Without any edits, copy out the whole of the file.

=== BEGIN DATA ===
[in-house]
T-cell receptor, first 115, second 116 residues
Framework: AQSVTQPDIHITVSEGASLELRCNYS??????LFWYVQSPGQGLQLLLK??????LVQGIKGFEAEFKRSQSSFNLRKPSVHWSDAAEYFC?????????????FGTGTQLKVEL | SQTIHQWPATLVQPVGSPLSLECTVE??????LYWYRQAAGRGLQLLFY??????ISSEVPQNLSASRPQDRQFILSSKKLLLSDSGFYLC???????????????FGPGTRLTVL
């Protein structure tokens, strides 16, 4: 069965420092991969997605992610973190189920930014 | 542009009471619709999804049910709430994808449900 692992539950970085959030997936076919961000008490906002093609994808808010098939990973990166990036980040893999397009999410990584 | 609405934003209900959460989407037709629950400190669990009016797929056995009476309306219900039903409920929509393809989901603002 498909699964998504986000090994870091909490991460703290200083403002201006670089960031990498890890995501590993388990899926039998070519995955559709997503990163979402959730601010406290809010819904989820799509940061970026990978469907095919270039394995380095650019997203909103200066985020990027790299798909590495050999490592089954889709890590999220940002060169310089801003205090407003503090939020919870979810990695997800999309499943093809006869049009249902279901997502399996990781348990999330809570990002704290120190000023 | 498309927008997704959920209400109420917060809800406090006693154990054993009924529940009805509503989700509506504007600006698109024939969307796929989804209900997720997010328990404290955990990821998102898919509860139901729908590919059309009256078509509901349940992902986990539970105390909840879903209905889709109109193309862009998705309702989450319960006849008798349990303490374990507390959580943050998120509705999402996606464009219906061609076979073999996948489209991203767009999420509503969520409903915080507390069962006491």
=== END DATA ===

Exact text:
[in-house]
T-cell receptor, first 115, second 116 residues
Framework: AQSVTQPDIHITVSEGASLELRCNYS??????LFWYVQSPGQGLQLLLK??????LVQGIKGFEAEFKRSQSSFNLRKPSVHWSDAAEYFC?????????????FGTGTQLKVEL | SQTIHQWPATLVQPVGSPLSLECTVE??????LYWYRQAAGRGLQLLFY??????ISSEVPQNLSASRPQDRQFILSSKKLLLSDSGFYLC???????????????FGPGTRLTVL
């Protein structure tokens, strides 16, 4: 069965420092991969997605992610973190189920930014 | 542009009471619709999804049910709430994808449900 692992539950970085959030997936076919961000008490906002093609994808808010098939990973990166990036980040893999397009999410990584 | 609405934003209900959460989407037709629950400190669990009016797929056995009476309306219900039903409920929509393809989901603002 498909699964998504986000090994870091909490991460703290200083403002201006670089960031990498890890995501590993388990899926039998070519995955559709997503990163979402959730601010406290809010819904989820799509940061970026990978469907095919270039394995380095650019997203909103200066985020990027790299798909590495050999490592089954889709890590999220940002060169310089801003205090407003503090939020919870979810990695997800999309499943093809006869049009249902279901997502399996990781348990999330809570990002704290120190000023 | 498309927008997704959920209400109420917060809800406090006693154990054993009924529940009805509503989700509506504007600006698109024939969307796929989804209900997720997010328990404290955990990821998102898919509860139901729908590919059309009256078509509901349940992902986990539970105390909840879903209905889709109109193309862009998705309702989450319960006849008798349990303490374990507390959580943050998120509705999402996606464009219906061609076979073999996948489209991203767009999420509503969520409903915080507390069962006491």